Saturday, 17 November 2012

growing big by becoming small (pt. 2)

Building on my previous blog piece, I decided to re-read Philip Spener’s book that outlines his vision for the church of his day. What greatly impresses me is the way he writes with clarity and directness around the crucial question of how we make and mature disciples of Jesus.

His central conviction is that God’s Word will enkindle faith and provide guidance regarding the life of discipleship. However, he argues that preaching is only part of the answer in achieving that end. It can only take Christians so far in their devotion to God.

I believe this is because the focus of the New Testament is centred on the community of faith, the church. It follows that if this is where Scripture places its emphasis, then preaching that is true to God’s Word will follow its lead, and aim for corporate encouragement, unity, maturity and growth. The main purpose of a sermon is to build up the body of Christ. We struggle to grasp this today because of our focus on the individual. Spener understood it entirely.

He proposes that 3 further dimensions are required. Firstly, he encourages diligent reading of the Bible in private. Secondly, he suggests that it is read systematically during congregational meetings. Thirdly, he appeals for a return to “the ancient and apostolic kind of church meetings.” That is, the formation of small groups of Christians meeting in a given locality.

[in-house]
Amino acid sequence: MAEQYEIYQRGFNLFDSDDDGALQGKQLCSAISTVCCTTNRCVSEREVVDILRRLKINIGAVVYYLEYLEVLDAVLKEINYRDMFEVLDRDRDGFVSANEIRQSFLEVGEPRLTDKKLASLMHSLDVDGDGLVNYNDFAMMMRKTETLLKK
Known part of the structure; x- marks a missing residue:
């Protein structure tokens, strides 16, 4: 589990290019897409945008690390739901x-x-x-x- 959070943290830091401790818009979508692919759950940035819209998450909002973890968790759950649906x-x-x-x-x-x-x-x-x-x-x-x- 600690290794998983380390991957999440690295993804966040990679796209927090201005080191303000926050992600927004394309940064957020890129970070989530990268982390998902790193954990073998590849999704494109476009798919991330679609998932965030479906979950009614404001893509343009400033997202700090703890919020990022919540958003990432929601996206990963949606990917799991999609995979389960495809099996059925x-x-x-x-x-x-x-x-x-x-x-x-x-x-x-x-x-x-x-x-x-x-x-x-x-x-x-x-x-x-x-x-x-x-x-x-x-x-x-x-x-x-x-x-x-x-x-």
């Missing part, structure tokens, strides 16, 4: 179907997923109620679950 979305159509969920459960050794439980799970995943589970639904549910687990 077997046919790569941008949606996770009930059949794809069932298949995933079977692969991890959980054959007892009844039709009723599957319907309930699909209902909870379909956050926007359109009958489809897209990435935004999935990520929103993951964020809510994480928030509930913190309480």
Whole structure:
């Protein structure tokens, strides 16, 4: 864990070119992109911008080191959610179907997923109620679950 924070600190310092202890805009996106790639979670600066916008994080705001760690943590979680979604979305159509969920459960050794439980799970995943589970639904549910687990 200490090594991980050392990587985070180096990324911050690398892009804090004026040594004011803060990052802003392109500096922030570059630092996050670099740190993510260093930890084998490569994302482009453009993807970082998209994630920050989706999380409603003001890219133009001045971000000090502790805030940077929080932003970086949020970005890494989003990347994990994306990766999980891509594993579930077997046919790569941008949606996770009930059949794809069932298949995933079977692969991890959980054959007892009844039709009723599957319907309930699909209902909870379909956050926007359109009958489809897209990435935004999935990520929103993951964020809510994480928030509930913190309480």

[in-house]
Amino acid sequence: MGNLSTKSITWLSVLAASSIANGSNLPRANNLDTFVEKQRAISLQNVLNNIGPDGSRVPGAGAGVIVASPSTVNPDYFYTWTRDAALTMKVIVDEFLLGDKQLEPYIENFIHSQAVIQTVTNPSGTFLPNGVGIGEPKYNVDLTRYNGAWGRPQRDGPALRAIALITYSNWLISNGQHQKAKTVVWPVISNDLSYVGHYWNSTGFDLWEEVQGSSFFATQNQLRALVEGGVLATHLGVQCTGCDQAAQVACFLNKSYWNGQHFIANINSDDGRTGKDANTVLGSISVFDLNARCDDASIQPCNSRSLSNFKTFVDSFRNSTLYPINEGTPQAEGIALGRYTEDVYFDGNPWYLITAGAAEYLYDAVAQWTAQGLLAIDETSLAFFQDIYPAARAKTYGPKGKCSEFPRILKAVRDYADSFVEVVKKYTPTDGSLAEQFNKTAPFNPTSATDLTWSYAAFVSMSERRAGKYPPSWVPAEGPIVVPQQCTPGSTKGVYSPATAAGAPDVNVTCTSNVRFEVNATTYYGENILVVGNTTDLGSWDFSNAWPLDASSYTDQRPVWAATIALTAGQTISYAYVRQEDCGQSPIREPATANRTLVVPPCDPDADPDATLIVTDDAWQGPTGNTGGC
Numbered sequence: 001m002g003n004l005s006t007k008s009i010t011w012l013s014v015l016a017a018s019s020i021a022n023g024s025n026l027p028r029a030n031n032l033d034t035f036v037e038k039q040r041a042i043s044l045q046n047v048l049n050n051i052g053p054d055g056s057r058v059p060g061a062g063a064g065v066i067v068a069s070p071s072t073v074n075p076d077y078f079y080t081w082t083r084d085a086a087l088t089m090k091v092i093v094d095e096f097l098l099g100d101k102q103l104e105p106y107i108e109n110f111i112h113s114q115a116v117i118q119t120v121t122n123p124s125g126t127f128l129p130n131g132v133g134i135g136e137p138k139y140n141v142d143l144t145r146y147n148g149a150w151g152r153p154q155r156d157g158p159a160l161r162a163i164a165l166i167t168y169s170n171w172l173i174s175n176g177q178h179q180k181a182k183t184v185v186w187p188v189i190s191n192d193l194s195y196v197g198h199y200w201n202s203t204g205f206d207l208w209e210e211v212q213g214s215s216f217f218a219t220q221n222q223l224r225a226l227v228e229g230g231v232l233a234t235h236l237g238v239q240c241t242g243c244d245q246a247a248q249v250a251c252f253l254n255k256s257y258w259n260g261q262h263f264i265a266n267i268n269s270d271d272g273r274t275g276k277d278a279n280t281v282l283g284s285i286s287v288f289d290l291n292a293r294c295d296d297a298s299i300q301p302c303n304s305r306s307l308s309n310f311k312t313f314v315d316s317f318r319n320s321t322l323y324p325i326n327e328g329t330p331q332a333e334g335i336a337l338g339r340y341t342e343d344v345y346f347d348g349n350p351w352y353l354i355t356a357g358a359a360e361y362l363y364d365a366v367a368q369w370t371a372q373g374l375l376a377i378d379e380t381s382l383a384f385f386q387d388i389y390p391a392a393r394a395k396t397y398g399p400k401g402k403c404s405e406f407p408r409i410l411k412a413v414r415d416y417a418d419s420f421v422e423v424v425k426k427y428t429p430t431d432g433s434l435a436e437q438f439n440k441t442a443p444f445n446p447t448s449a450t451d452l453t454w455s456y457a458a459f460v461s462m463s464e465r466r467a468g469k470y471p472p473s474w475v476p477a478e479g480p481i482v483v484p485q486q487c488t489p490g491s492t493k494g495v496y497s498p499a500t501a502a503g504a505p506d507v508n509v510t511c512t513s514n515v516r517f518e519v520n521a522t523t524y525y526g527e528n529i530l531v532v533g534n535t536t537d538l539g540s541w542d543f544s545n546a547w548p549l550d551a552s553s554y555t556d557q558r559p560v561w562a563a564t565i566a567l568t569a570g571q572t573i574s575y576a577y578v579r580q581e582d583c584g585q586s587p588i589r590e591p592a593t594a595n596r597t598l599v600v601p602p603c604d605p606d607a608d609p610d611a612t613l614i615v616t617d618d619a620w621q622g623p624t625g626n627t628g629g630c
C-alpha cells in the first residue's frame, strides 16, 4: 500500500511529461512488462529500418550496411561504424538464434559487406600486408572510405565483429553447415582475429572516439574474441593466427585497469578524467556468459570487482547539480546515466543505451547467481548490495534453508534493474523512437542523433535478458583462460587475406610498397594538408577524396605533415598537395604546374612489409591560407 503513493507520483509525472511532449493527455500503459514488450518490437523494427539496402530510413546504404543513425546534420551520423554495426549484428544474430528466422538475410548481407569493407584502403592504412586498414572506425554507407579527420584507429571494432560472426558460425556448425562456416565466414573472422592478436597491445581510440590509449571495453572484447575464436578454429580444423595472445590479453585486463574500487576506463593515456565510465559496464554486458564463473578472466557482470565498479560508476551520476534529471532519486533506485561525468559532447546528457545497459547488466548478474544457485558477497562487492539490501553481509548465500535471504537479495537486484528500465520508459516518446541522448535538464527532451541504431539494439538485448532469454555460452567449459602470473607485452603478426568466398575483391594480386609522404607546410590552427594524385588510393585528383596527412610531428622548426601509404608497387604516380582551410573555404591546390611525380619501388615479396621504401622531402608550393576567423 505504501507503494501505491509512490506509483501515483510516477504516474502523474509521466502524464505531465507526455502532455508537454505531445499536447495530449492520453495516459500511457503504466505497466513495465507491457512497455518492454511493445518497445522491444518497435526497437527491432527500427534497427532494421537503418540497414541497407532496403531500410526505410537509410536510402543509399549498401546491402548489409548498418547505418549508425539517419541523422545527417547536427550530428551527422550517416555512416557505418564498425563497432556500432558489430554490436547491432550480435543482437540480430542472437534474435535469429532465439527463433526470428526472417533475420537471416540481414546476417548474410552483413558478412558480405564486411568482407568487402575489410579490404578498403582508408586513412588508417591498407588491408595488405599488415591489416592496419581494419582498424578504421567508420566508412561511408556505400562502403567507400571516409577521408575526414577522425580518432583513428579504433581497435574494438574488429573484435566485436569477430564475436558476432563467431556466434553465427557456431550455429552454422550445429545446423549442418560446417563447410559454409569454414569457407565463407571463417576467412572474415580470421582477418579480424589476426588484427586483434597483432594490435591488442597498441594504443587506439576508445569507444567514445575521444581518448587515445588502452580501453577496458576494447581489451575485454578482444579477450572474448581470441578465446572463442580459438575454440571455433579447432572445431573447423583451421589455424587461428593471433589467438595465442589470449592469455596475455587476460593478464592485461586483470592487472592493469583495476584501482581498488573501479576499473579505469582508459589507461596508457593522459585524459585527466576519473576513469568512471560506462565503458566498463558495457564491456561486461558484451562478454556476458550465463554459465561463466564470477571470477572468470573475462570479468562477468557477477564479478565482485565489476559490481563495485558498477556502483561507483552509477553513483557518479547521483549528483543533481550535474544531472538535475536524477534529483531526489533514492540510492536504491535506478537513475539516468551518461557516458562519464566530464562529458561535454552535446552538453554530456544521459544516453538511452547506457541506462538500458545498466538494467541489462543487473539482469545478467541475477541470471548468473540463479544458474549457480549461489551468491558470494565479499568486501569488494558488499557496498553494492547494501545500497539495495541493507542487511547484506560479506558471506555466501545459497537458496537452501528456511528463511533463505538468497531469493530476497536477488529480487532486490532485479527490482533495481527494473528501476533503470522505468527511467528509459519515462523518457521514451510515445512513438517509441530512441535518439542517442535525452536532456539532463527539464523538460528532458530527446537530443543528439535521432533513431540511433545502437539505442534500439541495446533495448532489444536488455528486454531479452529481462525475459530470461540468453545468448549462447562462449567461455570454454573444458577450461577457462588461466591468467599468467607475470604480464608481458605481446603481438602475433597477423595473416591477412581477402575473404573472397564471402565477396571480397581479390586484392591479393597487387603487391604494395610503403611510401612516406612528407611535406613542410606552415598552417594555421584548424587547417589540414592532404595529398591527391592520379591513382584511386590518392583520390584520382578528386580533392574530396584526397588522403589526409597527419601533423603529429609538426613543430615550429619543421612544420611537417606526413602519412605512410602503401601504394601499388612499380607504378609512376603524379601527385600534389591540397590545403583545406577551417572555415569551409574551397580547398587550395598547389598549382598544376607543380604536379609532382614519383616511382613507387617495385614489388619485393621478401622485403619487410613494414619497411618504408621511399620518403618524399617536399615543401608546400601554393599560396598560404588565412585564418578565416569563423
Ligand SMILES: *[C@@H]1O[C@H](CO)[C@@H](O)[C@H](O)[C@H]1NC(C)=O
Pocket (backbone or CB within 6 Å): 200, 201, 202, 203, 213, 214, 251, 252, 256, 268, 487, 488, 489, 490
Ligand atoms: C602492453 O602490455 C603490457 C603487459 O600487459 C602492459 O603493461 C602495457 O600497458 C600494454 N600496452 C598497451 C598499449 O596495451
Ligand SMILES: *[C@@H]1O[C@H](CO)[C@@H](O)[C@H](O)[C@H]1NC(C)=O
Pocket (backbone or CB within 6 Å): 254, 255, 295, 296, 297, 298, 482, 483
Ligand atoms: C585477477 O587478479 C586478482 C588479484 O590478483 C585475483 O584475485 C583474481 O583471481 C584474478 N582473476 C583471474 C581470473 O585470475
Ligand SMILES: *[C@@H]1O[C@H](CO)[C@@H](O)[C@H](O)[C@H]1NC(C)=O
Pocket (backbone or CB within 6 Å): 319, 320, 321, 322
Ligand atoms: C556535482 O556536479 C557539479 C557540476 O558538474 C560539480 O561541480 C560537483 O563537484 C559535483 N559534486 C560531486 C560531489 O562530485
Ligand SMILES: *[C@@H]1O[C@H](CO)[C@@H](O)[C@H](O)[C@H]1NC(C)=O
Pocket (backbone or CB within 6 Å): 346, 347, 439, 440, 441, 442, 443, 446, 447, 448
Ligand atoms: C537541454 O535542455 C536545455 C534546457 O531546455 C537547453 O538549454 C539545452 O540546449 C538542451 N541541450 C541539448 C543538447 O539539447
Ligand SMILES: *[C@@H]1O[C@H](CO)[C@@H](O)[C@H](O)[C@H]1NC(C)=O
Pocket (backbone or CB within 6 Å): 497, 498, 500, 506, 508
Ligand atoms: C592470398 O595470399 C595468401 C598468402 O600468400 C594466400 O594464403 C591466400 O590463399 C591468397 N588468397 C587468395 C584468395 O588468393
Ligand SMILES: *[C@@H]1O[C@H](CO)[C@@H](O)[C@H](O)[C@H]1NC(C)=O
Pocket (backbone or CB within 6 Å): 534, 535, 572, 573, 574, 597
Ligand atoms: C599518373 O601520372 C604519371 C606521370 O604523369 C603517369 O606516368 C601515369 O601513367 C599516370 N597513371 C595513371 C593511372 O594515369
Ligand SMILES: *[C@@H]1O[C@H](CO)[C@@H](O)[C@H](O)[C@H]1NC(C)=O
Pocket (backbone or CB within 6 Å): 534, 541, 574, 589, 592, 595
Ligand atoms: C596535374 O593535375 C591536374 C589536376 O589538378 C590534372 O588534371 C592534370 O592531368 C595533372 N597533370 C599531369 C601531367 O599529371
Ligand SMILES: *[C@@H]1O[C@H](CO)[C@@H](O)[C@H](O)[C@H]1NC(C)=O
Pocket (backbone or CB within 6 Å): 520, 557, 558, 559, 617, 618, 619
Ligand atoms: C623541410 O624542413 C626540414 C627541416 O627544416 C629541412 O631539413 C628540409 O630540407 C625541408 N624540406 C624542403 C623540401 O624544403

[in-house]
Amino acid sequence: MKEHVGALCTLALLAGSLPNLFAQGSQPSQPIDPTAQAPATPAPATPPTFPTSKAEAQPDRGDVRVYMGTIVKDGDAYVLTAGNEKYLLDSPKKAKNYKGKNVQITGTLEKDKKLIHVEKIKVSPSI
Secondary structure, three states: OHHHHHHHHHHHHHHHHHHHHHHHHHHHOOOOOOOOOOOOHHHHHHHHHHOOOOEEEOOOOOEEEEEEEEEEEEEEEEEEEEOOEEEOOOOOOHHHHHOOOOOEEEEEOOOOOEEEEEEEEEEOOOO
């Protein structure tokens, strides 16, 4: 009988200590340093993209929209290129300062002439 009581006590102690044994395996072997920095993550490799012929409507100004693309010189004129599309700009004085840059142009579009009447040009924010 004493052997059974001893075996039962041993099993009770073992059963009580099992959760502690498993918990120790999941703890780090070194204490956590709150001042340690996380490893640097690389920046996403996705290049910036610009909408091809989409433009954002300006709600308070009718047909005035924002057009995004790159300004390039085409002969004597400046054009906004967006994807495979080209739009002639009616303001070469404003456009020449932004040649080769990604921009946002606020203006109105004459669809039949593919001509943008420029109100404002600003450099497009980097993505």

Spener envisages these small groups functioning with the following values

Wise leadership at the helm
He believed that godly leadership was vital in order to maintain the spiritual health of each group and give it proper direction.
A concern for God’s honour
The primary motive in the establishment of these small groups was a desire to bring further glory to God.
A commitment to practicality
The aim of studying Scripture was to discover its simple meaning in order that faith could be enriched as a result.
A culture of honesty
Group members were encouraged to be open about the questions and doubts they had concerning the faith.
The need to create an atmosphere of grace
Selfish interest was to left at the door; the needs of others had to take priority.

What Spener set out 400 years ago remains a compelling vision for the church today as it seeks to disciple people in the twenty first century.


  1. Iam beginning to feel as though a modern reformation may be coming.

  2. I have been thinking about this blog all week and have some basic thoughts ....
    1. The younger generation are not educated in the same way as previous generations i.e. sit up straight and listen to the teacher up front. Get on with work and do not interact with anyone. I wonder if the modern generation of Christians will respond/learn better to Christian teaching in smaller more interactive groups as this is generally the way they learn in school. Could it be that listening to a monolouge of 30 minutes + whilst sitting still with no interaction or opportunity to respond/question and then go home isn't quite hitting the mark. I know that the older generations are comfortable with this method of teaching and find the smaller interactive methods a struggle. How does the modern church get the balance right?

    2. Are current church leaders a bit nervous of small group ministries because they are not in full control of what is said and done and they are not able to monitor all the going ons with each group?